A Comparative Analysis of Water Governance, Water Management, and Environmental Performance in River Basins
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- Knieper, C. & Pahl-Wostl, C. Water Resour Manage (2016) 30: 2161. doi:10.1007/s11269-016-1276-z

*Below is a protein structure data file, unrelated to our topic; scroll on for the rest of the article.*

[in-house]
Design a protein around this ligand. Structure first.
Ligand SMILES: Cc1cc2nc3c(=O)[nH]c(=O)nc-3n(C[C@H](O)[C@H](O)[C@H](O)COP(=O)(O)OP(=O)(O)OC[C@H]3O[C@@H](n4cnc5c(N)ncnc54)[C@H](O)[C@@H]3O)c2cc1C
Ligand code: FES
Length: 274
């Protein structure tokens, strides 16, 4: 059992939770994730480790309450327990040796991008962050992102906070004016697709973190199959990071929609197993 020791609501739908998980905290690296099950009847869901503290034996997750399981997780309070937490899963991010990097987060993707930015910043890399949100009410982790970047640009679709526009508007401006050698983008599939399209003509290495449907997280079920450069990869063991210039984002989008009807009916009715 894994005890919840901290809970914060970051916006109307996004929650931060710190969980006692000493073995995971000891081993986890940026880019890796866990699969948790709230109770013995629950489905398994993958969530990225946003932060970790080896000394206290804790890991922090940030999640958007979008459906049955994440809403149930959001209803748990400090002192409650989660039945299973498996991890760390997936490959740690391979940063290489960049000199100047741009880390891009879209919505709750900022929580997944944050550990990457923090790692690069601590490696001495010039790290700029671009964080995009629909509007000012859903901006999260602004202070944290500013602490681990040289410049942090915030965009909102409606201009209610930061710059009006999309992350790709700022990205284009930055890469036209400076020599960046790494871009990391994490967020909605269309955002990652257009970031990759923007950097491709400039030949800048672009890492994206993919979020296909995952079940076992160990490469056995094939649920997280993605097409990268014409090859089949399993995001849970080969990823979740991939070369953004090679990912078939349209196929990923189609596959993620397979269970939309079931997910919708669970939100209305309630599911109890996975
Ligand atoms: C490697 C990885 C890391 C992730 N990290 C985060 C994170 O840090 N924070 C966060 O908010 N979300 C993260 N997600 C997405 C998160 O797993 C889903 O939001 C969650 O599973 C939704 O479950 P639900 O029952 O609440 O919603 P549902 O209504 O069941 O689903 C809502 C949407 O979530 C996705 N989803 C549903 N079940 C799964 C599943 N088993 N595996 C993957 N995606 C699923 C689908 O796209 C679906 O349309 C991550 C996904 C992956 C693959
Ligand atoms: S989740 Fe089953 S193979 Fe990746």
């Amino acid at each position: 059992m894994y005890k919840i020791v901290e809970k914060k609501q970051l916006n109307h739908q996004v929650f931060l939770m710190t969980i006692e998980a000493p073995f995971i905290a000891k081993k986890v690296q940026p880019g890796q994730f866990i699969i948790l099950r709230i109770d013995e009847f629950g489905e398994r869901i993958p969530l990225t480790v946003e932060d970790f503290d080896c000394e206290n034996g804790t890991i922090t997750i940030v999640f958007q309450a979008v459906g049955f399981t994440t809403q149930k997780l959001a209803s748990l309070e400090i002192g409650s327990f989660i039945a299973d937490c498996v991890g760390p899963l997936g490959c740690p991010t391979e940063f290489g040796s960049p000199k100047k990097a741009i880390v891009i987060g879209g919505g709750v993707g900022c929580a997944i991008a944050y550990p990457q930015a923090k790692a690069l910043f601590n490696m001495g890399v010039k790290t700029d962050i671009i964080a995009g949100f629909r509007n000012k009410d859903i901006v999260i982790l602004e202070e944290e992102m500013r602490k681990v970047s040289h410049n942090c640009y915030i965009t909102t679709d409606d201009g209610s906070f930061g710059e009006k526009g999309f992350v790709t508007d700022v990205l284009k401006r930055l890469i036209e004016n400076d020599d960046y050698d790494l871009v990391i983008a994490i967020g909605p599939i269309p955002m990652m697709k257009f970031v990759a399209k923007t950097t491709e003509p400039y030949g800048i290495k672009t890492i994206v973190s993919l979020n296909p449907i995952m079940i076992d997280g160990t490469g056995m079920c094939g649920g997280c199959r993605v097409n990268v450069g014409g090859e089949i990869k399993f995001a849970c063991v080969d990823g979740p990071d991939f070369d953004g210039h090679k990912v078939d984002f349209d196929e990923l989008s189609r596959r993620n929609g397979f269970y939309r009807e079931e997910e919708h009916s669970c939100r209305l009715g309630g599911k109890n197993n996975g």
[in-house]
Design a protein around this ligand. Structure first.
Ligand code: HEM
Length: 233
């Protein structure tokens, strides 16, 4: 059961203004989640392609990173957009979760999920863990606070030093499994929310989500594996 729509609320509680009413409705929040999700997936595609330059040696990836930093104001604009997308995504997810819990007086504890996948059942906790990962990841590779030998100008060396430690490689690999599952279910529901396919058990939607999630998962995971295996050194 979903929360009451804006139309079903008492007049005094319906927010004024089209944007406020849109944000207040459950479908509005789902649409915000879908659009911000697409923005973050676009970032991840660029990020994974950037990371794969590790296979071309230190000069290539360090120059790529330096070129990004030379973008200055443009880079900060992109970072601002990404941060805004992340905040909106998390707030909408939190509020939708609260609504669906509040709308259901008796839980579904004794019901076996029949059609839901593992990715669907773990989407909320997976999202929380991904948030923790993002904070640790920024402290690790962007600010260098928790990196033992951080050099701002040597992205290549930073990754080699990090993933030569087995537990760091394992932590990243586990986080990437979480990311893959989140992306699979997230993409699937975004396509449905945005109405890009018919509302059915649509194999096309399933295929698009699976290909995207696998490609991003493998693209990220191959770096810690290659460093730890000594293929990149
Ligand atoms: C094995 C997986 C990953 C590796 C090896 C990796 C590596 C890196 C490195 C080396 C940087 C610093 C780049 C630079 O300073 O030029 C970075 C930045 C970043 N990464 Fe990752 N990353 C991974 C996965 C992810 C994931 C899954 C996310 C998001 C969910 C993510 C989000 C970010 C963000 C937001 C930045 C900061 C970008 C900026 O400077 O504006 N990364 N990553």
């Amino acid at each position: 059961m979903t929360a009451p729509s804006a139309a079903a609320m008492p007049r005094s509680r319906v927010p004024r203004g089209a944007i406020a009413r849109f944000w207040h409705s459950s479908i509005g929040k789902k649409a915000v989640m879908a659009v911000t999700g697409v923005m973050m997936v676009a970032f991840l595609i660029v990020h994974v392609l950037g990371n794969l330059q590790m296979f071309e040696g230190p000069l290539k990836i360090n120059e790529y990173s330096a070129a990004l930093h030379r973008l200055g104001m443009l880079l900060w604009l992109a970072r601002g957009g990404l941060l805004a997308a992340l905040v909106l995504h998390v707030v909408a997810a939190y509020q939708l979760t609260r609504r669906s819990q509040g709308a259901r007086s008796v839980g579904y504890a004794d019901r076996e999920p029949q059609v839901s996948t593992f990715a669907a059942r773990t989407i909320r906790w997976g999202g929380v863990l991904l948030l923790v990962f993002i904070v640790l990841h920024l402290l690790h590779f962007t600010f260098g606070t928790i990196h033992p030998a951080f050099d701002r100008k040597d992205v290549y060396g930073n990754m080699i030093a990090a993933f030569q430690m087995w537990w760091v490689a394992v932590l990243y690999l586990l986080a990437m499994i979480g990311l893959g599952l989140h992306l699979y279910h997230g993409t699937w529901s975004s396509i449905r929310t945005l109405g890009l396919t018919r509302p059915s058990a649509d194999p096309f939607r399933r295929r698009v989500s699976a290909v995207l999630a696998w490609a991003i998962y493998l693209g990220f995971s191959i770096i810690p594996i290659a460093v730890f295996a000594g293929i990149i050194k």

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River ecosystems are facing a diversity of threats in many parts of the world. To restore and preserve riverine environments, human societies have established water governance and management responses. However, the means by which a satisfactory environmental state can be achieved in light of different regional contexts is still poorly understood. This article explores whether or not good environmental performance can be achieved through water governance and management in combination with further context factors. To this end, we applied fuzzy set Qualitative Comparative Analysis to examine data on water governance, water management, and environmental performance from a recent international study together with context data on per capita income, corruption, hydro-climate, and use pressure from other datasets. Results demonstrate that the combination of polycentric governance, high per capita income, and low levels of corruption is sufficient for achieving good water management practice. However, a good environmental state in river basins seems to primarily depend upon the overall level of pressure from human use rather than the quality of water management. This demonstrates that water governance and management should be seen as part of a broader societal transformation towards sustainability that focusses on a reduction of pressures in river basins instead of mitigating their impacts.